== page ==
South Korea has pledged to spend 160 trillion won ($133.3 billion) in a five-year New Deal initiative to digitalize social infrastructure and accelerate the green energy transition, its most ambitious effort yet to revive the virus-stricken economy.
In a televised speech at the presidential Blue House on Tuesday, President Moon Jae-in said the New Deal plan represents “a huge leap forward for South Korea.”
“This shows the government’s strong commitment to fundamentally changing Korea, from an economic laggard to a leading economy, from a carbon-dependent economy to a low-carbon economy, and from an unequal society to an inclusive society,” Moon said.
Government spending for the five-year project would be hiked up to 114.1 trillion won from the 76 trillion won announced last month, Moon said. An additional 46 trillion won would be drawn from local governments and the private sector to inject a total of 160 trillion won through 2025.
By the end of Moon’s five-year term in 2022, spending is expected to reach 67.7 trillion won, with 49 trillion won to come from the national government.
Moon projected the program to create about 1.9 million new jobs over the next five years.
The Korean New Deal is centered on two pillars – digital and environmental – with an added emphasis on bolstering the social safety net.
The government has earmarked 44.8 trillion won for the digital New Deal. This includes investment in 5G and artificial intelligence, remote medical care and digitalization of social infrastructure systems.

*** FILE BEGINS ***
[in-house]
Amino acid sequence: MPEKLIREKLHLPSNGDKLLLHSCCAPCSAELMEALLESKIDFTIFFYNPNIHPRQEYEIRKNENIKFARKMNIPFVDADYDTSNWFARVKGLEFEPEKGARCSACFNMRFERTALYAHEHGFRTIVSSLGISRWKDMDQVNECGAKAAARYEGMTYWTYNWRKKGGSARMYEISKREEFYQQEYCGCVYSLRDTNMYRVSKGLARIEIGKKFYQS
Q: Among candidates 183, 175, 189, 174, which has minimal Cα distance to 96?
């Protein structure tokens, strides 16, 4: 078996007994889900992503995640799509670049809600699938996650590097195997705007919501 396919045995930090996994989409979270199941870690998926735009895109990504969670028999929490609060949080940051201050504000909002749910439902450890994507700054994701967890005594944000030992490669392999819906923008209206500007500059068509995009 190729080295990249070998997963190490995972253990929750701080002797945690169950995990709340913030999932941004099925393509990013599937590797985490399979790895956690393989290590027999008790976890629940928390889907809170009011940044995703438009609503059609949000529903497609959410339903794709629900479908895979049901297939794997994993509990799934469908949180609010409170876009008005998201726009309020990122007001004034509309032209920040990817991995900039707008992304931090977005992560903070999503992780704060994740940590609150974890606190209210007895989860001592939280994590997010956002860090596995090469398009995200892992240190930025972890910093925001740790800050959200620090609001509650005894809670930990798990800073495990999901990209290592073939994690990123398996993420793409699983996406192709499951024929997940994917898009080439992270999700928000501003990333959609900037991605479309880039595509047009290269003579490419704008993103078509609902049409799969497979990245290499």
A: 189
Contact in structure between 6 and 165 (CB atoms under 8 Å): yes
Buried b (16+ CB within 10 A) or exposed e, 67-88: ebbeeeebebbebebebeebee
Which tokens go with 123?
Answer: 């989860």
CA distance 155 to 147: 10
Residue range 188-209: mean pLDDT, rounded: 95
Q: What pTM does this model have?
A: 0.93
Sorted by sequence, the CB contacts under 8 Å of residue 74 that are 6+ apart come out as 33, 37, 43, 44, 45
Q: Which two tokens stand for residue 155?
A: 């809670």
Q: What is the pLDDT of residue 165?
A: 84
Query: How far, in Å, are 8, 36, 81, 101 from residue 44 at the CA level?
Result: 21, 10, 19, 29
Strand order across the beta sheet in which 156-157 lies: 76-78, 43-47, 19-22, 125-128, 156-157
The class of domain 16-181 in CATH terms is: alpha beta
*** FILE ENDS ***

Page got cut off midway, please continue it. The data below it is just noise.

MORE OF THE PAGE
Spending for the green New Deal is set at 42.7 trillion won. This involves installing energy-efficient smart grids, expanding renewable energy sources and encouraging the spread of clean vehicles.
The remaining 26.6 trillion won would be spent on enhancing job and social security. The government plans to invest directly in job creation and job retraining as well as expand unemployment insurance benefits to vulnerable contract workers.
The massive economic initiative comes as the Moon administration grapples with the economic fallout from the pandemic and plummeting approval ratings.
The Korean economy shrank 1.3 percent in the first quarter in its sharpest contraction since 2008. The International Monetary Fund recently revised down its growth forecast for Korea, expecting the economy to decline 2.1 percent this year.
Moon’s popularity ratings had surged to 71 percent in May, thanks in large part to the country’s successful handling of the initial outbreak. But they dropped to 47 percent in a Gallup poll released last Friday, on growing public discontent over sky-high housing prices despite multiple tax hikes and regulations.
By Lee Ji-yong, Lim Sung-hyun and Kim Hyo-jin
[ⓒ Pulse by Maeil Business News Korea & mk.co.kr, All rights reserved]